The EU started its Next Generation EU (NGEU) program with a record EUR20 billion 10-year sale which enjoyed demand… https://t.co/X3o1JuCdfd
Country Risk Premiums Quarterly: Q1 2021
Our Country Risk Premiums (CRPs) reduced on average across all sectors this quarter, with the decline in potential losses greatest in the mining and liquefied natural gas (LNG) sectors, although projects in these sectors still face the highest CRP on average. Improvements in capital transfer, state contract alteration, and strikes and protest risks contributed to the largest global average reductions in our CRPs this quarter, with their impact on potential losses reducing by 0.9, 0.62, and 0.45 percentage points, respectively. The largest reductions in CRPs were concentrated in the Middle East and North Africa, North America, and sub-Saharan Africa. Conversely, CRPs increased on average in Europe, driven by the lingering effect of COVID-19-virus-induced economic recessions, causing an average 1.27-percentage-point increase in losses across the region.
Let's take a look at some of the risks behind the premiums.
Myanmar's coup and sanctions
Myanmar's military (the Tatmadaw) staged a coup against the National League for Democracy (NLD) government on 1 February and detained the ruling party's senior leadership. In response, US-led sanctions are likely to broaden, with the Tatmadaw's increasing use of force encouraging targeted sanctions from other regions. Sanctions would be likely to limit Western companies' operations with Tatmadaw-linked companies. The Tatmadaw's dominance of economic policy will probably manifest itself as contract cancellations affecting projects led by Western companies and preferential licenses and investment agreements with countries that are less critical of the Tatmadaw.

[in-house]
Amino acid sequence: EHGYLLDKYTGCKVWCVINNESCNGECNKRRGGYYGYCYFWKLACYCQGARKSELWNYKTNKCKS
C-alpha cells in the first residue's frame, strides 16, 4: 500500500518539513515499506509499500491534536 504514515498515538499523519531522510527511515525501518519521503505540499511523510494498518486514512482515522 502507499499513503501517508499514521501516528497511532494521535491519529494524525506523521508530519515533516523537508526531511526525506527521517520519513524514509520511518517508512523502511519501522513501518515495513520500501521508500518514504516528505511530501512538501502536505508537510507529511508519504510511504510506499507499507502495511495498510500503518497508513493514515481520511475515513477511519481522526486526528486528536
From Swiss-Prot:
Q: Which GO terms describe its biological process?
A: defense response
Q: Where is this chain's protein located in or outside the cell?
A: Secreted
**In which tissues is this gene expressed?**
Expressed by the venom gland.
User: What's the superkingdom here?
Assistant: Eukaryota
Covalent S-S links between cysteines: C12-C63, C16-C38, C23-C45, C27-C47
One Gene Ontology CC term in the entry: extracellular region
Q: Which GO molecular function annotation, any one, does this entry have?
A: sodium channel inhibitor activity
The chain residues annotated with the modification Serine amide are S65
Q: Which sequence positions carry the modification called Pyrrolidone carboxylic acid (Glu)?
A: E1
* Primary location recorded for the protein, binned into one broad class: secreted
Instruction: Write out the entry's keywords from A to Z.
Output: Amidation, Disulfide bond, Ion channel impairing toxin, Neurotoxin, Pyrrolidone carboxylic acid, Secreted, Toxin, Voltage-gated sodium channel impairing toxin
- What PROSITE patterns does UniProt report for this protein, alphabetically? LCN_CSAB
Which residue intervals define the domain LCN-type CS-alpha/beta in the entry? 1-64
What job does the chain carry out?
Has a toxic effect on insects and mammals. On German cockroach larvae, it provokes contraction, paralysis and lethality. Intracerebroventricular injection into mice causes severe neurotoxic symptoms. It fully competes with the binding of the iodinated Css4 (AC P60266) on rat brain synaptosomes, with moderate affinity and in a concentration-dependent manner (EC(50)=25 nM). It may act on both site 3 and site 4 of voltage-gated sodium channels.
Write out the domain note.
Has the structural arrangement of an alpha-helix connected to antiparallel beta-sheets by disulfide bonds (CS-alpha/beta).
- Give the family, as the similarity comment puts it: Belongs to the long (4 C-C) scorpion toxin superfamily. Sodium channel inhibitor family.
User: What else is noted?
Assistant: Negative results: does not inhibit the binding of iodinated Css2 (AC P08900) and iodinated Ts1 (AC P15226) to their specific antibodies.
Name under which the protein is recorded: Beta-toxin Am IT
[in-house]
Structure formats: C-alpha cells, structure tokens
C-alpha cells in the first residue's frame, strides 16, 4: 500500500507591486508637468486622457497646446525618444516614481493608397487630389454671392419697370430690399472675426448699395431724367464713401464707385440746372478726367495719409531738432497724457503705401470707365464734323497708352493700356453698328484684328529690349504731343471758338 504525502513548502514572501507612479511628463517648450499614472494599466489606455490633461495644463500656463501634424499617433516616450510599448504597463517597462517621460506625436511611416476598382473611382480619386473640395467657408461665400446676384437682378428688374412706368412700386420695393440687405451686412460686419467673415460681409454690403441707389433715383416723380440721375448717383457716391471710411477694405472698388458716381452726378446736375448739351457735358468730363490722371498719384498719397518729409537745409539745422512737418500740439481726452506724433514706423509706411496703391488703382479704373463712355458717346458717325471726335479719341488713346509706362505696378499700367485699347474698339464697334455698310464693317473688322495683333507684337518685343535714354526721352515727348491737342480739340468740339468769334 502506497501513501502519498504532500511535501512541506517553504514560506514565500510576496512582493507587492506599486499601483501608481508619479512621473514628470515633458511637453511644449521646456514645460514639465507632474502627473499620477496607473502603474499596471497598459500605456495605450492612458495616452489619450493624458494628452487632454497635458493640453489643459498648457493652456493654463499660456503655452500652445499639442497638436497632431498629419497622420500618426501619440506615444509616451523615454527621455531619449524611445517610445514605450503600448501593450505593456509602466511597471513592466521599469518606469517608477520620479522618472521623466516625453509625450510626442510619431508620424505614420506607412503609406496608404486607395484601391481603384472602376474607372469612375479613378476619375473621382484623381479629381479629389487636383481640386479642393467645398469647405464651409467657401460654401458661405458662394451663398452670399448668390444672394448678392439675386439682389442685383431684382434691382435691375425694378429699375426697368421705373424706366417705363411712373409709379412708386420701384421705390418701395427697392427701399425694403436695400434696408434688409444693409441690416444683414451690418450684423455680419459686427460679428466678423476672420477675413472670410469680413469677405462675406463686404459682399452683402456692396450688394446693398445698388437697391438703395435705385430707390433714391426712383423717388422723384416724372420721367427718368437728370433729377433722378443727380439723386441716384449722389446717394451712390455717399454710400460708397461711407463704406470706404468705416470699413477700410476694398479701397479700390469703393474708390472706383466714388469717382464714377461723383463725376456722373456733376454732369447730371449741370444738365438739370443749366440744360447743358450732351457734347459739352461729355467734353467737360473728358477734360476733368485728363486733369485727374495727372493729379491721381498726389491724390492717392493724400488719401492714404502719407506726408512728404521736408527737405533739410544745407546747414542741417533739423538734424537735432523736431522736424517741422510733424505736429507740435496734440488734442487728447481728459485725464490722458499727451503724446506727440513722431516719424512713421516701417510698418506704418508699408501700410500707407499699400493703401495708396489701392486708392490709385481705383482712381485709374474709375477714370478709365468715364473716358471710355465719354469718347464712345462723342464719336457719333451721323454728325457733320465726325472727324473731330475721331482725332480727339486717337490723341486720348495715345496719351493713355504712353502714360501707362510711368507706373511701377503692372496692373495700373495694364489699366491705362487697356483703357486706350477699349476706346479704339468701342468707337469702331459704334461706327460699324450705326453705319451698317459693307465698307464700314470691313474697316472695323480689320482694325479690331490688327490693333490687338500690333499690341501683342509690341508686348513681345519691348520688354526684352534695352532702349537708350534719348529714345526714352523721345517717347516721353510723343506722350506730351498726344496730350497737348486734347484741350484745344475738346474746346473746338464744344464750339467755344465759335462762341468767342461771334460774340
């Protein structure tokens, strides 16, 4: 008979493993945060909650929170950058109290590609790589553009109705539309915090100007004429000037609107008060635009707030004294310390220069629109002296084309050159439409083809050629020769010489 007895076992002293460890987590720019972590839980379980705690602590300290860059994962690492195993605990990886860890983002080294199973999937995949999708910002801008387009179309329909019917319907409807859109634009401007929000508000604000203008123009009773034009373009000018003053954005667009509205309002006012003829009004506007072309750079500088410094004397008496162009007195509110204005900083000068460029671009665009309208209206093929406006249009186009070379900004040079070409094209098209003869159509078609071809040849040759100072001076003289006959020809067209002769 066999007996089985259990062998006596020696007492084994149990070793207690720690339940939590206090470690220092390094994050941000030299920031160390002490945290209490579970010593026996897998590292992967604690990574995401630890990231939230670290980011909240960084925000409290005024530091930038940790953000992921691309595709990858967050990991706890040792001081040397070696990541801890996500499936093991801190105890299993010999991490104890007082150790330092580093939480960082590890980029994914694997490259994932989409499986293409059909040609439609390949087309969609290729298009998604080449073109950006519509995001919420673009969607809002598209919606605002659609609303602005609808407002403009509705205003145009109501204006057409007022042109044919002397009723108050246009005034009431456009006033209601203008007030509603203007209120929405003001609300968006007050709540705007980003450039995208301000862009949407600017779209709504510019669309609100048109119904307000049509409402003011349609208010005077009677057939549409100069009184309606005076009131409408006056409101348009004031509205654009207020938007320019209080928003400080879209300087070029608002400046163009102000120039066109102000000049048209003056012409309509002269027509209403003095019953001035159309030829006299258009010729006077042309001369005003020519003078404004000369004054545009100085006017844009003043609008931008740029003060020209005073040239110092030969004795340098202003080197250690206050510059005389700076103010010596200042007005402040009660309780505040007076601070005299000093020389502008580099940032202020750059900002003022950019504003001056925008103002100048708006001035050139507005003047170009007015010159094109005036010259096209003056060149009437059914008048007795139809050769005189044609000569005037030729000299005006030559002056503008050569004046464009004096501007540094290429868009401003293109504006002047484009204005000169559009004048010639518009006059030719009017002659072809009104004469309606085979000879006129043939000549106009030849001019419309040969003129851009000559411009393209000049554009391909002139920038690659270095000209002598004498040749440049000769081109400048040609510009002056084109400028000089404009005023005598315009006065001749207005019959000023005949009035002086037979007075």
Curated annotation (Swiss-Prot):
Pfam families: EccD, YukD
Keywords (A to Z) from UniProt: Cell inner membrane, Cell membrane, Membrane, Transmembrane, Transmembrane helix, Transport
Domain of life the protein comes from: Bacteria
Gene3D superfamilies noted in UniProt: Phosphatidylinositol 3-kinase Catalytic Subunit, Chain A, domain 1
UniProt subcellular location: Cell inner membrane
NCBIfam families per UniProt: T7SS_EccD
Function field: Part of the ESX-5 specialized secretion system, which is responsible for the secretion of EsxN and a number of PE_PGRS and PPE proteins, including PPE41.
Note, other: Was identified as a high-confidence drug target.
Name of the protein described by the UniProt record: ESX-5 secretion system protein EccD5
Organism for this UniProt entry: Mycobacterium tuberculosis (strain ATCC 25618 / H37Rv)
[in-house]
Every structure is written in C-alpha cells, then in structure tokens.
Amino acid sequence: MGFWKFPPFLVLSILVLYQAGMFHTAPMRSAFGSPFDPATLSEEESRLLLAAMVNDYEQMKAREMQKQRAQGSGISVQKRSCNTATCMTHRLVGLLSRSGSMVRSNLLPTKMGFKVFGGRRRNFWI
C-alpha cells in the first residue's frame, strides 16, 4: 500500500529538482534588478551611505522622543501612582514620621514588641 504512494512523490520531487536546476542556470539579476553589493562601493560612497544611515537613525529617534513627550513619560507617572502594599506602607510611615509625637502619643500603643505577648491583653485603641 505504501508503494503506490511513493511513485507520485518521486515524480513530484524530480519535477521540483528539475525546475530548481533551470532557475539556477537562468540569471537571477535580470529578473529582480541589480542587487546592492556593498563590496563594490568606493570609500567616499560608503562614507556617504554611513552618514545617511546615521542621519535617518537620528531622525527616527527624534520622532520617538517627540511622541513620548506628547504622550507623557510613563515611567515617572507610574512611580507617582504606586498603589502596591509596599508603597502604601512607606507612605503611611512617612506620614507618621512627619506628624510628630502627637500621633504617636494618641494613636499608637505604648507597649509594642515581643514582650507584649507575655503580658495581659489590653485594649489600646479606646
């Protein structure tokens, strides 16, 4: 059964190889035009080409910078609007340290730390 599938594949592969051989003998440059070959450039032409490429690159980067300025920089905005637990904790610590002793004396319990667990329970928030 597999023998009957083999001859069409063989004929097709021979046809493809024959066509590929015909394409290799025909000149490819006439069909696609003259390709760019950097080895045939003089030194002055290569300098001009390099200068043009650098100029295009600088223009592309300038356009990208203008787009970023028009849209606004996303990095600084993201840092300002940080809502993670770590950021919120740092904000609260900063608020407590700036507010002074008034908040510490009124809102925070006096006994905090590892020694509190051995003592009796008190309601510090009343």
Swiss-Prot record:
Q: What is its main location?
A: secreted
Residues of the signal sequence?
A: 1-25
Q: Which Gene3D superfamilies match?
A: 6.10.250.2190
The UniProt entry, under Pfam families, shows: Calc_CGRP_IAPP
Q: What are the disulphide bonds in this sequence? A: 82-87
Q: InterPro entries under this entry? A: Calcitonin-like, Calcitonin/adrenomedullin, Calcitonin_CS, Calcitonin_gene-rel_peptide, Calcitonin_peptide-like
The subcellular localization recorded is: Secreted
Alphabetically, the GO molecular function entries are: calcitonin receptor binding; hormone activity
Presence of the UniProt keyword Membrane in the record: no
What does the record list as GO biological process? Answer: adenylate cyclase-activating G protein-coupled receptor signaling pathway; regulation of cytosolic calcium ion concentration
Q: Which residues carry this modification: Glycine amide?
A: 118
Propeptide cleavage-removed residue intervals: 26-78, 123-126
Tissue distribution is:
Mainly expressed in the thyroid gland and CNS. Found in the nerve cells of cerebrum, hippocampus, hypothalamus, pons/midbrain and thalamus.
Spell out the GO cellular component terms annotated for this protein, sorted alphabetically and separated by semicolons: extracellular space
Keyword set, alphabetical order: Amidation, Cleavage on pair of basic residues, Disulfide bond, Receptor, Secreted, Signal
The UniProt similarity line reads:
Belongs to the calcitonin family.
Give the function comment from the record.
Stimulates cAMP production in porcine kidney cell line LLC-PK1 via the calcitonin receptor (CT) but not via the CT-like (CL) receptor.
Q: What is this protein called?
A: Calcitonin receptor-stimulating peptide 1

Legal risks worsen in Kyrgyzstan
Kyrgyzstan held an early presidential election and constitutional referendum on 11 January, resulting in 80% of the electorate voting in favor of returning to a presidential system of politics and the selection of a nationalist president, Sadyr Zhaparov, by a large majority. Zhaparov's assumption of presidential authority increases the likelihood of government interference in key sectors, including mining, which in extreme cases would involve expropriation, likely being preceded by regulatory discrimination. Given the impact of the COVID-19 virus, Zhaparov is also likely to seek new ways to increase state revenues from profitable sectors.
More about our County Risk Premiums
A key metric that should guide investment decisions is the country risk premium (CRP): the additional returns a project must generate to cover the risks arising from its particular operating environment. Our Country Risk Investment Model (CRIM) integrates the full spectrum of commercially relevant political, economic, legal, tax, operational, and security risks and models their impact on future cash flows by sector, and by project phase (development, production, and income), across 210 unique geographies.
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